The fate of Pakistan's embattled leaders, including President Asif Ali Zardari, could be decided on Monday when the Supreme Court takes up the memo scandal and high-profile graft cases even as the beleaguered government has turned to Parliament for crucial support.
The National Assembly or lower house of parliament is expected to vote on Monday on a resolution that seeks endorsement and support for "efforts made by the political leadership for strengthening democracy" and calls for reposing "full confidence and trust" in them.
Even as parliament considers the resolution, a 17-member bench of the apex court will resume hearing of a case related to the reopening of corruption cases that were closed under the National Reconciliation Ordinance (NRO), a graft amnesty issued by former military ruler Pervez Musharraf in 2007.
A judicial commission appointed by the apex court to investigate a mysterious memo that sought US help to prevent a feared military coup in Pakistan last year will also continue its proceedings on Monday.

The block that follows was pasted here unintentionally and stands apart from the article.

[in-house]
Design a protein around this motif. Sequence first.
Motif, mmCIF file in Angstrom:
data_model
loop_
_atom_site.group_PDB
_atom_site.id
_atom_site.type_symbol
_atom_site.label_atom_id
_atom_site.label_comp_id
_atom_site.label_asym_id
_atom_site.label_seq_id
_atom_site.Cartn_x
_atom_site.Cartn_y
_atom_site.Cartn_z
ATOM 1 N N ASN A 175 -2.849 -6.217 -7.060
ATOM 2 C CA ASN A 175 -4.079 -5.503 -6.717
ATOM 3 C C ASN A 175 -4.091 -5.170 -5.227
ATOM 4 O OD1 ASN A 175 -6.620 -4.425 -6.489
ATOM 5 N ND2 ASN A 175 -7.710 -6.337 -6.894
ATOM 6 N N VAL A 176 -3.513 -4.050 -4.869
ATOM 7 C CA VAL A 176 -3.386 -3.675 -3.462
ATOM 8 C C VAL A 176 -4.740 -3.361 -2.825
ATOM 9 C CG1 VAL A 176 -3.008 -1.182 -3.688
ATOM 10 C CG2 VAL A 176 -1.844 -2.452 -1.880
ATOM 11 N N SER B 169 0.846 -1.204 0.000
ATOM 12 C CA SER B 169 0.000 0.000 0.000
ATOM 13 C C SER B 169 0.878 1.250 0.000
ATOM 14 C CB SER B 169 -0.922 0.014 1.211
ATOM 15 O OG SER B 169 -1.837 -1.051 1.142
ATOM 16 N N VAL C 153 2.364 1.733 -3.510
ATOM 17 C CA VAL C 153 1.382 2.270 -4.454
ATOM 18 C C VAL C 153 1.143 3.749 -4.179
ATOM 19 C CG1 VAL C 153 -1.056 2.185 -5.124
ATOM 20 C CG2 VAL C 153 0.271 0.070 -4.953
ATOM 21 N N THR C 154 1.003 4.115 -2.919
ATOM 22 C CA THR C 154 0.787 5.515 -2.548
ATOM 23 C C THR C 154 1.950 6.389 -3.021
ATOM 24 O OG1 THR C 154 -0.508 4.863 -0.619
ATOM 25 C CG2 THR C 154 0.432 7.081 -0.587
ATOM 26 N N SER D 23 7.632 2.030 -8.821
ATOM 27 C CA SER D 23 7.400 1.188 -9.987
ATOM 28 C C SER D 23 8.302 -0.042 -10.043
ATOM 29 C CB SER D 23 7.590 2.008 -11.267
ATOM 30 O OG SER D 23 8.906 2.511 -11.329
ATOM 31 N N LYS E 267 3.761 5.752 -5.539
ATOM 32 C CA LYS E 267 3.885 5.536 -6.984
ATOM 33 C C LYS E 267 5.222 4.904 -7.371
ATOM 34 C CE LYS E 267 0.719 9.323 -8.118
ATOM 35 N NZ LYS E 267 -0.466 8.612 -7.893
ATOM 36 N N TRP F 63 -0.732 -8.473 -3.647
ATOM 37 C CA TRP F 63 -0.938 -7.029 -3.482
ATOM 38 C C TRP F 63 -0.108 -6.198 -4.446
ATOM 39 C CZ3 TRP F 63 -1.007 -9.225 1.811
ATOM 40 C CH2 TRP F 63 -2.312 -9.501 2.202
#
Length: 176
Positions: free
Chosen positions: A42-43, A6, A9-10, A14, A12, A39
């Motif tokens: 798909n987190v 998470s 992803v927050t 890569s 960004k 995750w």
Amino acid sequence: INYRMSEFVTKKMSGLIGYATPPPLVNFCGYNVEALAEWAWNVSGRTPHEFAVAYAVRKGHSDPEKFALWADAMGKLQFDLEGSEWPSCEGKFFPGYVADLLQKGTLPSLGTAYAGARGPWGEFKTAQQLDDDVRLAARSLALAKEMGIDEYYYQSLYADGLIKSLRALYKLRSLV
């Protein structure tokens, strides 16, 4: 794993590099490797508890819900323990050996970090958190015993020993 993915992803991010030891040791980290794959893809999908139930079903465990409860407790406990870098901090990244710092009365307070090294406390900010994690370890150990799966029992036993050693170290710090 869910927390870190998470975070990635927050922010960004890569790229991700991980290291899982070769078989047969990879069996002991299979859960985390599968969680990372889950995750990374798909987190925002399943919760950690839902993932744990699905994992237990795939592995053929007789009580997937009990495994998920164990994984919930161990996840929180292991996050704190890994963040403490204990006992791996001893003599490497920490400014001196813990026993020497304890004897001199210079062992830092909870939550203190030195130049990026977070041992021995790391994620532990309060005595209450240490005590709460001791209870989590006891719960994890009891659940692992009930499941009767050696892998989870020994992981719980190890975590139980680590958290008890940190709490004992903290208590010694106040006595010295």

Pakistani-American businessman Mansoor Ijaz, who triggered a storm in the country's political circles by making public the memo, is slated to testify before the commission on Monday though doubts continue to surround his plans to travel to Pakistan.
The Supreme Court had warned last week that Prime Minister Yousuf Raza Gilani could be disqualified and that action could also be taken against Zardari if the government kept defying its orders on the NRO issue.
The court had said that Gilani "may not be an honest person on account of his not being honest to the oath of his office". It further warned that the President could face the "same consequences" for violating his oath of office.